Caroline Kumsta, Ph.D.

Caroline Kumsta's Research Focus

Aging-Related Diseases
C. elegans

"We are aging—not just as individuals but as a world. In 2020, about 727 million people worldwide were 65 and older. By 2050, that total is projected to increase to 1.5 billion — 1 in every 6 of the earth’s inhabitants.”

– Global Aging, National Institute on Aging 

As we age, we face an increased risk of developing age-related disorders, such as neurodegenerative diseases, because of the increased cellular accumulation of damaged biomolecules, including protein aggregates, which contributes to cellular decline. The activation of cyto-protective mechanisms, such as the cellular recycling process of autophagy and stress responses, contributes to improving cellular function and preventing aging-induced dysfunction. Discovering mechanisms that help maintain cellular integrity during aging, is therefore an important step towards developing new strategies for maintaining cellular homeostasis and organismal health, which could have great impact by increasing healthspan and eliminating age-related diseases.

Caroline Kumsta's Bio

Dr. Kumsta earned her degree as a Diplom Biologist/M.Sc. and Ph.D. from the Technical University of Munich, Germany. She performed her thesis research in the laboratory of Dr. Ursula Jakob at the University of Michigan. Dr. Kumsta joined Sanford Burnham Prebys and the lab of Malene Hansen as a postdoctoral fellow in 2009. In 2018 Caroline was promoted to Research Assistant Professor and then to Assistant Professor in 2021.

 

Education and Training

  • 2018-2021: Research Assistant Professor
  • 2016-2018: Staff Scientist, Development, Aging and Regeneration, Sanford Burnham Prebys Medical Discovery Institute, La Jolla, California, USA
  • 2009-2016: Postdoctoral Fellow with Dr. Malene Hansen, Development, Aging and Regeneration, Sanford Burnham Prebys Medical Discovery Institute, La Jolla, California, USA
  • 2009: Postdoctoral Associate with Dr. Ursula Jakob, Department of Molecular, Cellular and Developmental Biology, University of Michigan, Ann Arbor, USA
  • 2005-2008: Doctor rerum naturalium (Ph.D.), magna cum laude Technical University of Munich, Germany Thesis research performed in the laboratory of Dr. Ursula Jakob at the University of Michigan, Ann Arbor, USA
  • 1999-2005: Diplom-Biologin Univ. (M.S.), with honors Technical University of Munich, Germany

 

Honors and Recognition

  • 2015: Winner of the Biochemical Journal Best Oral Presentation Prize at the EMBO Workshop: The Regulation of Aging and Proteostasis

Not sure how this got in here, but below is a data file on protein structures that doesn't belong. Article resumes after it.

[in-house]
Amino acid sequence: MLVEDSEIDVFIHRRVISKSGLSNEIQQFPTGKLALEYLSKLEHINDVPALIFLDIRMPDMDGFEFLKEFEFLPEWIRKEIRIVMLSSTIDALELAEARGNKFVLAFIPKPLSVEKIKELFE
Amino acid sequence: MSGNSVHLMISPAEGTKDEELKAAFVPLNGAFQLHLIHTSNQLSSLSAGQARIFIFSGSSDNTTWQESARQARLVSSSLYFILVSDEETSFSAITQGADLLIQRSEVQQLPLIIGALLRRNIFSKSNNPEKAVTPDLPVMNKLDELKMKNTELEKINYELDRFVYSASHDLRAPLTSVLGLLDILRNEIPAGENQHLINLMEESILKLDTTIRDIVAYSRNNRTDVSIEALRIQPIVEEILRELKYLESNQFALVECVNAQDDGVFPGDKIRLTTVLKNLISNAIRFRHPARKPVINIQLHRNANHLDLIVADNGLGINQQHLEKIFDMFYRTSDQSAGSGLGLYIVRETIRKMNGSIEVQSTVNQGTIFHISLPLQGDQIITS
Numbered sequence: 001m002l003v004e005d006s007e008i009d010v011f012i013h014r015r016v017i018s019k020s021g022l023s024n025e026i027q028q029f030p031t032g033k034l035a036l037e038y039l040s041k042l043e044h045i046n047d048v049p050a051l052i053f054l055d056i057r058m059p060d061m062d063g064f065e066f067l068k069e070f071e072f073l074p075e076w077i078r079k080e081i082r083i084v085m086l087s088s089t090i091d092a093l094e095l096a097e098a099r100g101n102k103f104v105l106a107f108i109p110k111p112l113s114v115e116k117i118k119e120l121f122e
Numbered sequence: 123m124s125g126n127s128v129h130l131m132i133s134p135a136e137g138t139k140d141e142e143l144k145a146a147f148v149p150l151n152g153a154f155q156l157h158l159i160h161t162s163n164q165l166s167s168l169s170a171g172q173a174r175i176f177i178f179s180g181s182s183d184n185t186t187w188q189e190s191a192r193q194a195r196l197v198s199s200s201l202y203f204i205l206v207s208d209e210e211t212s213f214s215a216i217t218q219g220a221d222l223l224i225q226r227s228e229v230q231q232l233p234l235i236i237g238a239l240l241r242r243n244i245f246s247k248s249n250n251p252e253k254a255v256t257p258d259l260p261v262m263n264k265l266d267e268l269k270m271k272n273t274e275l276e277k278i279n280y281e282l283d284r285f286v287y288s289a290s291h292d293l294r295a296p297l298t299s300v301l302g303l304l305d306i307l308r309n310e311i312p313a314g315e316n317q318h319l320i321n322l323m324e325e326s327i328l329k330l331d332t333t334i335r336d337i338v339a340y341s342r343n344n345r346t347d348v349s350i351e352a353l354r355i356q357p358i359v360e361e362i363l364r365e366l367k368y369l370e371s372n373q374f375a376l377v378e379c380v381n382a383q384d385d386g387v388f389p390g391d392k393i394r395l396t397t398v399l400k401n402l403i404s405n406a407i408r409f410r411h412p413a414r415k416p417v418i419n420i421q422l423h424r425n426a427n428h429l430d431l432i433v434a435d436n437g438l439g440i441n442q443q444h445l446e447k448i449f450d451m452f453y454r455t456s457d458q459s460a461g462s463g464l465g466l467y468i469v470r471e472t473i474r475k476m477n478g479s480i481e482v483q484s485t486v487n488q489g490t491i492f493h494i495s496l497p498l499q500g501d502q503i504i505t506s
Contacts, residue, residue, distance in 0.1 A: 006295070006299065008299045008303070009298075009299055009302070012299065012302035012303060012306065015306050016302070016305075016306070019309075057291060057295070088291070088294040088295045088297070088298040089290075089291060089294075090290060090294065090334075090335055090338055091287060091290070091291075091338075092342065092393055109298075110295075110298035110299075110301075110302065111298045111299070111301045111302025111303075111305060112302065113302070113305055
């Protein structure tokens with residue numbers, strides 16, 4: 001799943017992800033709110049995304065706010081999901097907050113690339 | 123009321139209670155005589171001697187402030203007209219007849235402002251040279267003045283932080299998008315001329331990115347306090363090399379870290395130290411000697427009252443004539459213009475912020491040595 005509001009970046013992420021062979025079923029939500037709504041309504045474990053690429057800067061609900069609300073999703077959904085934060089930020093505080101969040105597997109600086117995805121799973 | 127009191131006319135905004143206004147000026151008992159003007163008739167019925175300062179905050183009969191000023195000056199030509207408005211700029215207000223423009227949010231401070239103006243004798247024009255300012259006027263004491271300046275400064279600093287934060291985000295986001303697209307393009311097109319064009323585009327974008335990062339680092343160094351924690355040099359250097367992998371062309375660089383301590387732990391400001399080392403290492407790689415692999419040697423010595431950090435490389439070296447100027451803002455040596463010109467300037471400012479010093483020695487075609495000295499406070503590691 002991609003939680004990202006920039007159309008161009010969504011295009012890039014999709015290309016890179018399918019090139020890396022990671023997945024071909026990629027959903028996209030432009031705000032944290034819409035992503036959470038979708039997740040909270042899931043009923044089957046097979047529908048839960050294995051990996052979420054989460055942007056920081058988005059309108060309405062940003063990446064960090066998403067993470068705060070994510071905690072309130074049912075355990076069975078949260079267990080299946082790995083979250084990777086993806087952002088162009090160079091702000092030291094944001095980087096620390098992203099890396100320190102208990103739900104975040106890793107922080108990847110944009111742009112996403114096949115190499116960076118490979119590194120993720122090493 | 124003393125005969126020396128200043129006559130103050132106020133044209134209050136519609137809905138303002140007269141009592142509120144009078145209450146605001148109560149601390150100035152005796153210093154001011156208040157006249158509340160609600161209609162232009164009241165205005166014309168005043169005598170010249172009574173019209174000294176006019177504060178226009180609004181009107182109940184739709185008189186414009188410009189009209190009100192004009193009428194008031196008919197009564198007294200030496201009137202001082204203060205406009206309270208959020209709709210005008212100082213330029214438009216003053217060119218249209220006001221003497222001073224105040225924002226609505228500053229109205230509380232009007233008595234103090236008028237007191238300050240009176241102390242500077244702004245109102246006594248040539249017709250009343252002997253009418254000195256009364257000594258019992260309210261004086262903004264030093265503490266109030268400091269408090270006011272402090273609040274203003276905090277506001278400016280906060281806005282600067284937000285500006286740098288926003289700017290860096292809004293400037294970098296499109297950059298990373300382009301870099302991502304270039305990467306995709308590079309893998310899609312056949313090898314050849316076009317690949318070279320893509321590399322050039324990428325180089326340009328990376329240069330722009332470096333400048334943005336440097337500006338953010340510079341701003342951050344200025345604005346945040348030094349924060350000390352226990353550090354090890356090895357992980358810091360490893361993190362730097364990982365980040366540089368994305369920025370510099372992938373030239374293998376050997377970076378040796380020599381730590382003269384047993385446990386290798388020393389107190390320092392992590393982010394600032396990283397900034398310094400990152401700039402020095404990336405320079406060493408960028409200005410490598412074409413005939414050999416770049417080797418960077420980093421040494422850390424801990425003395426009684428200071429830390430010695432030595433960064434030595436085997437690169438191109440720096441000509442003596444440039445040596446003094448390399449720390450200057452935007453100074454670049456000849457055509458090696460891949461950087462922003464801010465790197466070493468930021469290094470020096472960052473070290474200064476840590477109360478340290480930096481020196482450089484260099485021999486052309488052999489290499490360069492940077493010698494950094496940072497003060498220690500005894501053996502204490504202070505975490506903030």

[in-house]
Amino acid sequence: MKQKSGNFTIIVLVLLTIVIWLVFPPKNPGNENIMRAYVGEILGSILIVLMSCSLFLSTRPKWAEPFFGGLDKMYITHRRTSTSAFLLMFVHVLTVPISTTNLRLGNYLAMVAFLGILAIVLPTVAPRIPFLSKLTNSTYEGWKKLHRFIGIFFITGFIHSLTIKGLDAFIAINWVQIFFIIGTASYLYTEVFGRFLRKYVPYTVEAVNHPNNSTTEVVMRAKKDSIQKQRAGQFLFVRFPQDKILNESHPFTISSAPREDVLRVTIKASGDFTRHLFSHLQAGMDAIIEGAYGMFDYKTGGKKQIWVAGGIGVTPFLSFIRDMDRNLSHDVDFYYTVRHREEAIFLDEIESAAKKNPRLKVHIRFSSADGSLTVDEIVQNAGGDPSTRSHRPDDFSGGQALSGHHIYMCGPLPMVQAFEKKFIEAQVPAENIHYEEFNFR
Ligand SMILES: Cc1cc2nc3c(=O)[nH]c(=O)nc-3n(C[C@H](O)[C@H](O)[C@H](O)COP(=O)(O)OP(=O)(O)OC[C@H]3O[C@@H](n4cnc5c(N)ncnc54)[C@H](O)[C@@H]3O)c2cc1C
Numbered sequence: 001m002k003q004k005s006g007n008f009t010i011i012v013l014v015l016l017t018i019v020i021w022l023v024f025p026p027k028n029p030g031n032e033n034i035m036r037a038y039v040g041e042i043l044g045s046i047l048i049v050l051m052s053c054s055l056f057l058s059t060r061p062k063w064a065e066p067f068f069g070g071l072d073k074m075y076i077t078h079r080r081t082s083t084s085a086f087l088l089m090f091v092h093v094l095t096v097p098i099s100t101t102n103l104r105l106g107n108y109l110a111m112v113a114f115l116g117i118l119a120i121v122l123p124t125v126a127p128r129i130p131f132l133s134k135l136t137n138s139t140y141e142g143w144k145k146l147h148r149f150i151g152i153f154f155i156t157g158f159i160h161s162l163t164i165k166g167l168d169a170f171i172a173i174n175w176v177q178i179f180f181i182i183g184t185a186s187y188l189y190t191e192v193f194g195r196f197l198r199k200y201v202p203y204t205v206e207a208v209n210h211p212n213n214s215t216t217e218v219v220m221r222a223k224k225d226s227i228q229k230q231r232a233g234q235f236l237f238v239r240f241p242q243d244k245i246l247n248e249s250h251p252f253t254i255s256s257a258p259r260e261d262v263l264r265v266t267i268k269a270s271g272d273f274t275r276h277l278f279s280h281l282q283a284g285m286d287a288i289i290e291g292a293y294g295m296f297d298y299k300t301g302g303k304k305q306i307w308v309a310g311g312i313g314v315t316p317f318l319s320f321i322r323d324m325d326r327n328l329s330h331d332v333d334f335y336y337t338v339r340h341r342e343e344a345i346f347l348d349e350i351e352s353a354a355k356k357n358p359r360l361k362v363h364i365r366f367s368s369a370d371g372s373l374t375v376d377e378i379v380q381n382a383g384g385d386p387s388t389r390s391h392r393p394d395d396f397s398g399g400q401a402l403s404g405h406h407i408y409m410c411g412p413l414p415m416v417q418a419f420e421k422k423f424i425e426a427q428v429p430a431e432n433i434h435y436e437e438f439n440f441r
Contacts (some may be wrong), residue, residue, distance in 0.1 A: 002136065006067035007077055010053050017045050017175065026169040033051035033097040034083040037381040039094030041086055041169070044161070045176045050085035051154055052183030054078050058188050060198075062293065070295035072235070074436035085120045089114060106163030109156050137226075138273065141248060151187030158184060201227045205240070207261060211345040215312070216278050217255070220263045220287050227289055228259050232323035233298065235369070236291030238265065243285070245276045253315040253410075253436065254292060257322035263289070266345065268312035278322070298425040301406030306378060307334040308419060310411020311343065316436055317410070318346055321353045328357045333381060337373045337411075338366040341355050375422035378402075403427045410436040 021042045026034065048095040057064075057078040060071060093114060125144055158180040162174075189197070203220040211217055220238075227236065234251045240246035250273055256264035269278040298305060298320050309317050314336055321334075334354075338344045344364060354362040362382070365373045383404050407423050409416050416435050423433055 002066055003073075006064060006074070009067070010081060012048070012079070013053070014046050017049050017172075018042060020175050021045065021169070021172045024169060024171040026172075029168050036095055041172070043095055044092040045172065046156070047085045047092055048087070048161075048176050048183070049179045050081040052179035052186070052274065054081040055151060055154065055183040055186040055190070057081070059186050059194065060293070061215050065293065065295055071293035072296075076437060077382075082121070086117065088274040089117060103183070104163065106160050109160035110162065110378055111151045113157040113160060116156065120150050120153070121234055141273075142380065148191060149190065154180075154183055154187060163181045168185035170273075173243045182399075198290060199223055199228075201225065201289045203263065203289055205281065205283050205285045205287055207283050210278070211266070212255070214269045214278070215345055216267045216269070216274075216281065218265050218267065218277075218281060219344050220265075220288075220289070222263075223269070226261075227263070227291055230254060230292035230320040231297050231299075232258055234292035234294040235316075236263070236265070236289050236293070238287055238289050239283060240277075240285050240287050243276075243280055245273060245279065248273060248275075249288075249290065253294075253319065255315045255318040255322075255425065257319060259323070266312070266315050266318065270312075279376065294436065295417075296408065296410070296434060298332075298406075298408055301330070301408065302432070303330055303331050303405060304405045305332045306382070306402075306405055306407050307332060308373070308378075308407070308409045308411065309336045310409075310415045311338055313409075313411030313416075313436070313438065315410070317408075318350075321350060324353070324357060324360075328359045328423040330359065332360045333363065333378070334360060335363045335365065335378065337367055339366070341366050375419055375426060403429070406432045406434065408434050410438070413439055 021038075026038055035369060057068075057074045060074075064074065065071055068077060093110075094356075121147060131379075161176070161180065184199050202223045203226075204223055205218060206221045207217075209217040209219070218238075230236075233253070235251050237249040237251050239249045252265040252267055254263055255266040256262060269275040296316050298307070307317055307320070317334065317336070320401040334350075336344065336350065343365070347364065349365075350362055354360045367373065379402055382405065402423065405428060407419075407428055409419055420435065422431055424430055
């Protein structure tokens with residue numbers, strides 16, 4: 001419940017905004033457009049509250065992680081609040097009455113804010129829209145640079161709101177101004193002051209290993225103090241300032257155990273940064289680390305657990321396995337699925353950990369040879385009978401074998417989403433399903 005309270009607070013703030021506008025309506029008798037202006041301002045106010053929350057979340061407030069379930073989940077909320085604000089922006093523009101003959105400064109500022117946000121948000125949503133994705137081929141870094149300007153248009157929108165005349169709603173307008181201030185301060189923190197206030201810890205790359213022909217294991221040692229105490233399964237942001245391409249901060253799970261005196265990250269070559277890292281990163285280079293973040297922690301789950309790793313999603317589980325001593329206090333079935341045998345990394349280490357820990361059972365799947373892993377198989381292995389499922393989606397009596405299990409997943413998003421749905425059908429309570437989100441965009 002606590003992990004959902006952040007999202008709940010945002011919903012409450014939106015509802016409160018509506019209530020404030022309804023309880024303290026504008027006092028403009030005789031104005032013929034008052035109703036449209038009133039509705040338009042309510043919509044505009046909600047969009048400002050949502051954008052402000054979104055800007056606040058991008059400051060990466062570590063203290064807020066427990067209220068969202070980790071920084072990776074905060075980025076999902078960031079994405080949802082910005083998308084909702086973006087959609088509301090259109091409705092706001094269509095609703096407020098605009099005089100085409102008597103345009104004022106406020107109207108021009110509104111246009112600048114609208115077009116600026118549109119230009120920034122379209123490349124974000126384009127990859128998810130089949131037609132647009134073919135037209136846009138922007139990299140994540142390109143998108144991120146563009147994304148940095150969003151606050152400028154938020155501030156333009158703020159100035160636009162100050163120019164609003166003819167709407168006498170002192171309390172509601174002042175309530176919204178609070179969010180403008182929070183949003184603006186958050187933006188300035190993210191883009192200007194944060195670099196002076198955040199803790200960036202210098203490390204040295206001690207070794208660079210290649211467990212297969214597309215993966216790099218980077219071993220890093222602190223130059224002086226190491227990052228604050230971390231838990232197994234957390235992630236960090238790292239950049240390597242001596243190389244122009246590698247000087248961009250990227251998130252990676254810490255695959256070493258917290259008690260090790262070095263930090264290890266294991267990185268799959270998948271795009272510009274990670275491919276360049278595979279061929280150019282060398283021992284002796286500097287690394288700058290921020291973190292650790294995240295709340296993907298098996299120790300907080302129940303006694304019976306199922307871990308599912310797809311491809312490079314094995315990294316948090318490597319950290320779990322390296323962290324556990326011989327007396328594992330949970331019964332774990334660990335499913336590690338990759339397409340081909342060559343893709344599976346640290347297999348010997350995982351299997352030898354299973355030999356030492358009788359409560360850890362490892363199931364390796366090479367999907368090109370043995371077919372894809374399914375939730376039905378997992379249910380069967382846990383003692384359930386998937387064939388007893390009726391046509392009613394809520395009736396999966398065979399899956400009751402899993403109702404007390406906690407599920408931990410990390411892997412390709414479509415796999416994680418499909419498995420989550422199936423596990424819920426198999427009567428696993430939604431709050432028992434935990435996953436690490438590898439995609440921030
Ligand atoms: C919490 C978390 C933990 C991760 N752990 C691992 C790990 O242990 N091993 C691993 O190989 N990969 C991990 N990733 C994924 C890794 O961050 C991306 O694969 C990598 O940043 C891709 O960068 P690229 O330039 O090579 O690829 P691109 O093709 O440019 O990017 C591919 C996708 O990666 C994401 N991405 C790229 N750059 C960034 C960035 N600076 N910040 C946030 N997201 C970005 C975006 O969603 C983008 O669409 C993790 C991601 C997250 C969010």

• 2013: Winner of award for the best oral presentation at the 12th Annual Poster Symposium at Sanford Burnham Prebys Medical Discovery Institute
  • 2012: Invitation and sponsorship from the Bavarian government to attend the first “Return to Bavaria” conference in Munich, Germany
  • 2011: Recipient of the 2011 career development award “Lenka Musafia Finci Award” in recognition for outstanding research with great potential to help mankind from the Fishman Fund at Sanford Burnham Prebys Medical Discovery Institute
  • 2011: Grant from Boehringer Ingelheim Fonds to attend the conference Protein Synthesis and Translational Control, Heidelberg, Germany
  • 2008: Full fellowship from the Ellison Medical Foundation to attend Molecular Biology of Aging Laboratory Course, MBL, Woods Hole, MA
  • 2007: Grant from BIF to attend the conference Biology of Aging, Stockholm, Sweden
  • 2006-2008: Ph.D. Fellowship from Boehringer Ingelheim Fonds 
  • 2006: Grant from BIF to attend the conference Molecular Genetics of Aging, Cold Spring Harbor, NY
  • 2004: Diploma Thesis Fellowship from the Bayerische Forschungsstiftung (Bavarian Research Foundation)

C. elegans

Publications

Getting under the skin: Cuticle damage elicits systemic autophagy response in C. elegans.

Kumsta C, Hansen M

J Cell Biol 2019 Dec 2 ;218(12):3885-3887

Mitochondrial Permeability Uncouples Elevated Autophagy and Lifespan Extension.

Zhou B, Kreuzer J, Kumsta C, Wu L, Kamer KJ, Cedillo L, Zhang Y, Li S, Kacergis MC, Webster CM, Fejes-Toth G, Naray-Fejes-Toth A, Das S, Hansen M, Haas W, Soukas AA

Cell 2019 Apr 4 ;177(2):299-314.e16

Spatiotemporal regulation of autophagy during Caenorhabditis elegans aging.

Chang JT, Kumsta C, Hellman AB, Adams LM, Hansen M

Elife 2017 Jul 4 ;6

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Autophagic receptor p62 protects against glycation-derived toxicity and enhances viability.

Aragonès G, Dasuri K, Olukorede O, Francisco SG, Renneburg C, Kumsta C, Hansen M, Kageyama S, Komatsu M, Rowan S, Volkin J, Workman M, Yang W, Daza P, Ruano D, Dominguez-Martín H, Rodríguez-Navarro JA, Du XL, Brownlee MA, Bejarano E, Taylor A

Aging Cell 2020 Nov ;19(11):e13257

Correction to: Assessing Tissue-Specific Autophagy Flux in Adult Caenorhabditis elegans.

Chang JT, Hansen M, Kumsta C

Methods Mol Biol 2020 ;2144:C1

Assessing Tissue-Specific Autophagy Flux in Adult Caenorhabditis elegans.

Chang JT, Hansen M, Kumsta C

Methods Mol Biol 2020 ;2144:187-200

The selective autophagy receptor SQSTM1/p62 improves lifespan and proteostasis in an evolutionarily conserved manner.

Aparicio R, Hansen M, Walker DW, Kumsta C

Autophagy 2020 Apr ;16(4):772-774

The autophagy receptor p62/SQST-1 promotes proteostasis and longevity in C. elegans by inducing autophagy.

Kumsta C, Chang JT, Lee R, Tan EP, Yang Y, Loureiro R, Choy EH, Lim SHY, Saez I, Springhorn A, Hoppe T, Vilchez D, Hansen M

Nat Commun 2019 Dec 11 ;10(1):5648

Getting under the skin: Cuticle damage elicits systemic autophagy response in C. elegans.

Kumsta C, Hansen M

J Cell Biol 2019 Dec 2 ;218(12):3885-3887

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